Electoral College to meet Monday, hand state’s votes to Obama

The California Electoral College will meet Monday in Sacramento to formally cast the state’s 55 electoral votes for President Obama.

The procedural meeting starts at 2 p.m. in the California Assembly’s chambers.

Obama won California with more than 60 percent of the statewide vote.

An analysis of Riverside County’s election results show Obama also won over the Coachella Valley.

The breakdown shows Obama beat GOP presidential nominee Mitt Romney in five of the nine desert cities: Cathedral City, Coachella, Desert Hot Springs, Indio and Palm Springs.

Mitt Romney, Barack Obama: Tracking the state-by-state presidential projections

With polls closed on the East Coast, we tracked the results coming in — and, of course, the projections being made in the presidential election.

It took only a few minutes after West Coast closed its polls for several media outlets to project that President Obama won a second term.

A candidate needs 270 electoral votes to win.

Here’s the roundup of endorsements we saw:

 

 

President Barack Obama

  • Vermont (AP, FOX News) – 3 electoral votes
  • Illinois (AP, CNN, FOX News) – 20
  • Connecticut (AP, CNN) – 7
  • Maine (AP, CNN) – 4
  • D.C. (AP, CNN) – 3
  • Delaware (AP, CNN, FOX News) – 3
  • Rhode Island (AP, CNN, FOX News) – 4
  • Maryland (AP, CNN, FOX News) – 10
  • Massachusetts (AP, CNN, FOX News) – 11
  • New Jersey (AP, FOX News, NPR) – 14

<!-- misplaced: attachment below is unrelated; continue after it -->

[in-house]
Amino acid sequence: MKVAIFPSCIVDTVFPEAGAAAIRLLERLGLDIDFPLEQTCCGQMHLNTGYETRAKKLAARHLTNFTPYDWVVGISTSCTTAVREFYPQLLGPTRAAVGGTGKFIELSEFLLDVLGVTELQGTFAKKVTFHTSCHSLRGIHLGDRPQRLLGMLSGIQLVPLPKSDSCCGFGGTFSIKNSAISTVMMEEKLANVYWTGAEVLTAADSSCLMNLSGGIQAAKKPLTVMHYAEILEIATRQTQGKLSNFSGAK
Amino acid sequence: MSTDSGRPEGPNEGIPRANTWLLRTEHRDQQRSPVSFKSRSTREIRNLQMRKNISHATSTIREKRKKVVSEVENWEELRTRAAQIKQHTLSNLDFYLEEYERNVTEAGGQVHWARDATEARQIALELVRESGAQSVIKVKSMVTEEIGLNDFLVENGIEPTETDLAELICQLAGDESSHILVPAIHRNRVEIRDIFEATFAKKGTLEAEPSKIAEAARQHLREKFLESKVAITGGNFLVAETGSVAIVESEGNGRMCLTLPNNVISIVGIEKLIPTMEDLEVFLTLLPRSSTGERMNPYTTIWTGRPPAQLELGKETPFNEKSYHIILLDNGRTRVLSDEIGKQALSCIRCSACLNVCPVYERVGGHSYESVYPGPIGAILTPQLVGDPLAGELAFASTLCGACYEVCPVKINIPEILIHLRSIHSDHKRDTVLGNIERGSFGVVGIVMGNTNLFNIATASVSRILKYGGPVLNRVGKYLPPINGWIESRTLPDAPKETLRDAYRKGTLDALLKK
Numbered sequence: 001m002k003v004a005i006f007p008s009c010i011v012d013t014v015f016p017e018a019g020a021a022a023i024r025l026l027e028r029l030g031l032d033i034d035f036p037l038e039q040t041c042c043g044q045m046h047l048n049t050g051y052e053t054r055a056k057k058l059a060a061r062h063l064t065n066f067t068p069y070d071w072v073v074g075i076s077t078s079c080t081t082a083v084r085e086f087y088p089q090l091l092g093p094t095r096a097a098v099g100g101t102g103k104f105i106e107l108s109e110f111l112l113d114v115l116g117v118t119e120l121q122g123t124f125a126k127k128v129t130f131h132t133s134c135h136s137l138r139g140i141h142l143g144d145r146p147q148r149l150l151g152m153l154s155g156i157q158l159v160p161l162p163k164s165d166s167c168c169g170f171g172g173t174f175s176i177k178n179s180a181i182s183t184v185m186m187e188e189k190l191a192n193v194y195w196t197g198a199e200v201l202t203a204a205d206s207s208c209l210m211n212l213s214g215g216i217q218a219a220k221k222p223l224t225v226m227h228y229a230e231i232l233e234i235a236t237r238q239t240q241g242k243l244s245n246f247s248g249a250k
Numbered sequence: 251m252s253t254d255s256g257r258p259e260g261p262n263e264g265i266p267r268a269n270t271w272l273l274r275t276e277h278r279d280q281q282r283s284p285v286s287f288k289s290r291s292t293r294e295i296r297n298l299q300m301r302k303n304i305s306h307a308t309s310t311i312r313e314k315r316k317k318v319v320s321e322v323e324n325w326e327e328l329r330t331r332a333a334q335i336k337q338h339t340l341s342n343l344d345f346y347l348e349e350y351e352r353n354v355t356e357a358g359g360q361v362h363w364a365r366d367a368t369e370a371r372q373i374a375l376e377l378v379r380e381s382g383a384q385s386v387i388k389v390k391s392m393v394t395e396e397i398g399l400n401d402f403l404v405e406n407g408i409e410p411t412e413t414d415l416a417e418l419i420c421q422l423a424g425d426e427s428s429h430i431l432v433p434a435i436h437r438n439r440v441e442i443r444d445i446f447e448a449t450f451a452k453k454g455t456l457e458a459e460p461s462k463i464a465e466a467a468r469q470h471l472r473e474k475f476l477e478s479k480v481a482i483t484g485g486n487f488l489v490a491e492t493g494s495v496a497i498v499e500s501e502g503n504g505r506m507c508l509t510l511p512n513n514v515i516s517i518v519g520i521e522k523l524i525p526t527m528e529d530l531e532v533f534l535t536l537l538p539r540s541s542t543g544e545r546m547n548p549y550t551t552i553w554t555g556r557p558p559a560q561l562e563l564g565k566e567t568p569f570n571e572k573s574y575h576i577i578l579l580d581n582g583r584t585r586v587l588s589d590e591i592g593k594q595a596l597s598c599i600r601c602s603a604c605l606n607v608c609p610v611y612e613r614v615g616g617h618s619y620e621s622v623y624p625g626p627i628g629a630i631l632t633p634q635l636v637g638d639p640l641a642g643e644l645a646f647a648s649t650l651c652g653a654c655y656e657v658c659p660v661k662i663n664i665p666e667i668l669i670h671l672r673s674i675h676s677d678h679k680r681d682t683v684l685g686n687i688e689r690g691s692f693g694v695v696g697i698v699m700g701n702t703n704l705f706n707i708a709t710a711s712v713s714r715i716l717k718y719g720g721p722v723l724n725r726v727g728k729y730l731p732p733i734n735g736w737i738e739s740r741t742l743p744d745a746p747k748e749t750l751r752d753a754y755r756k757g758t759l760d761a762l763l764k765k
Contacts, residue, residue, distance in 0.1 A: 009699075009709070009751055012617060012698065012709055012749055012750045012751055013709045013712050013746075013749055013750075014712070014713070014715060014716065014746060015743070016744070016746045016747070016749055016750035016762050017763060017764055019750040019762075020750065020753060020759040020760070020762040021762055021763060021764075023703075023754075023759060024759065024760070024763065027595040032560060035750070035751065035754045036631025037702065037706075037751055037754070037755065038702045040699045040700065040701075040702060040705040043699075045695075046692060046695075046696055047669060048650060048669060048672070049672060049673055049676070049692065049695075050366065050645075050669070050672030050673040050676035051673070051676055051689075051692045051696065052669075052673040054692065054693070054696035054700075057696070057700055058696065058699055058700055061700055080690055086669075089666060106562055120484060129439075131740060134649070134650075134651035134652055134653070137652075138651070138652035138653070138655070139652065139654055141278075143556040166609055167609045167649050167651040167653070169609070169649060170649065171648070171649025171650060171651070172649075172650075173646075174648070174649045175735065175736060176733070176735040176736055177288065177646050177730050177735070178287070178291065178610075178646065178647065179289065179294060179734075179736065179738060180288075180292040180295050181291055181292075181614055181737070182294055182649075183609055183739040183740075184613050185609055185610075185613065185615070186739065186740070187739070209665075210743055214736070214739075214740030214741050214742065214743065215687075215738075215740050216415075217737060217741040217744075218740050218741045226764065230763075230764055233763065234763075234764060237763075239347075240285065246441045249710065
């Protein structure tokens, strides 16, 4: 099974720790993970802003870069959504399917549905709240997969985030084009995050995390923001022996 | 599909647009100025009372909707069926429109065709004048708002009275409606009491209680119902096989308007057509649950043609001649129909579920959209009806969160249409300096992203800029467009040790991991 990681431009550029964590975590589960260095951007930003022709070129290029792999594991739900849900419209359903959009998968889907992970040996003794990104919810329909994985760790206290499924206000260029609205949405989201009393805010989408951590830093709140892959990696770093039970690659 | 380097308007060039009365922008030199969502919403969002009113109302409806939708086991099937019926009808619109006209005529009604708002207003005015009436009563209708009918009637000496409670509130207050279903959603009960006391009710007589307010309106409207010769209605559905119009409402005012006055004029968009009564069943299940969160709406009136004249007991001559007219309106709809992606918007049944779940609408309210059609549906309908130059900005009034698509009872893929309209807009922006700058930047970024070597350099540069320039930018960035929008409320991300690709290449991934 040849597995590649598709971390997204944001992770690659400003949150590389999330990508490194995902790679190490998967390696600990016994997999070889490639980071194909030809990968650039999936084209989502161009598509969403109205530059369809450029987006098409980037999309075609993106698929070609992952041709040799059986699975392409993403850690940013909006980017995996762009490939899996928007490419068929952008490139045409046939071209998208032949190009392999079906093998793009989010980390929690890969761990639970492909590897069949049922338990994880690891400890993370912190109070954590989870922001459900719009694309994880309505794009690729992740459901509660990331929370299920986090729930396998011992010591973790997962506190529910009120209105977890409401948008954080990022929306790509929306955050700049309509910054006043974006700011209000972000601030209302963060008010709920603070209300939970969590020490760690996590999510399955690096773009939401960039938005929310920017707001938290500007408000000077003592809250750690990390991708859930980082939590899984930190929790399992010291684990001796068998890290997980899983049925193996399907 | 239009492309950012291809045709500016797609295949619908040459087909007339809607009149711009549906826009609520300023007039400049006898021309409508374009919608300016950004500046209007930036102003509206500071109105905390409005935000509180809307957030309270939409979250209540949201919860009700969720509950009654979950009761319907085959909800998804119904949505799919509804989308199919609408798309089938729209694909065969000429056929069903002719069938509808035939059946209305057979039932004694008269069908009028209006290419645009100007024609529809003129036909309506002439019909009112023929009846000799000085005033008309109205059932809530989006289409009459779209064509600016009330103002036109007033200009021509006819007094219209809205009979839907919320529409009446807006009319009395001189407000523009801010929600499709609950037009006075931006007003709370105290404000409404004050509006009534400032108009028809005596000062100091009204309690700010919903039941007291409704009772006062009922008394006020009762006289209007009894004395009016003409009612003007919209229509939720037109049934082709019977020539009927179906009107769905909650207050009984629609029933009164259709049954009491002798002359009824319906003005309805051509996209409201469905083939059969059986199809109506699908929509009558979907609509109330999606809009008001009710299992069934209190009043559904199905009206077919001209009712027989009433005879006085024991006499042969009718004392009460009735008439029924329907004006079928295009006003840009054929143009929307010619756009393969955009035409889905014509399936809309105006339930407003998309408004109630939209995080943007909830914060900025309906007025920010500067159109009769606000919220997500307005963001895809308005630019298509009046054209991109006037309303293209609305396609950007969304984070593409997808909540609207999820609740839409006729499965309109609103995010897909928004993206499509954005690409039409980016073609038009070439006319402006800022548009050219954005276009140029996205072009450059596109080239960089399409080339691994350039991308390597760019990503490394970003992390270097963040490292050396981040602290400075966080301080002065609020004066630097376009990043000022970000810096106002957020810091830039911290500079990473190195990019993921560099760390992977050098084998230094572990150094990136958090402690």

• New York (AP, FOX News, NPR) – 29
  • Michigan (AP, FOX News, NPR) – 16
  • Pennsylvania (AP, CNN, FOX News) – 20
  • Wisconsin (CBS, FOX News, NBC) – 10
  • New Hampshire (ABC News, CBS, FOX News, NPR) – 4
  • Minnesota (ABC News, NPR) – 10
  • New Mexico (ABC News, FOX News) – 5
  • California (AP, CBS) – 55
  • Hawaii (AP, CBS) – 4
  • Washington (AP, CBS) – 12
  • Ohio (AP, NPR) – 18
  • Oregon (CBS, NPR) – 7
  • Iowa (AP, NPR) – 6

Total electoral votes so far for Obama, if  these projections hold true: 287

 

Gov. Mitt Romney

  • Georgia (AP, CNN,  FOX News, NPR) – 16 electoral votes
  • Kentucky (AP, CNN, FOX News) – 8
  • Indiana (CNN, FOX News) – 11
  • South Carolina  (CNN, FOX News) – 9
  • West Virginia (AP, CNN, FOX News) – 5
  • Oklahoma (AP, CNN, ABC News, FOX News, NPR) – 7
  • Mississippi (AP, NPR) – 6
  • Alabama (AP, CNN, FOX News, NPR) – 9
  • Tennessee (AP, CNN, FOX News, NPR) – 11
  • Arkansas (AP, CNN, FOX News, NPR) – 6
  • Texas (AP, FOX News, NPR) – 38
  • Kansas (AP, FOX News, NPR) – 6
  • South Dakota (AP, FOX News, NPR) – 3
  • North Dakota (AP, FOX News, NPR) – 3
  • Louisiana (AP, FOX News, NPR) – 8
  • Wyoming  (AP, FOX News, NPR) – 3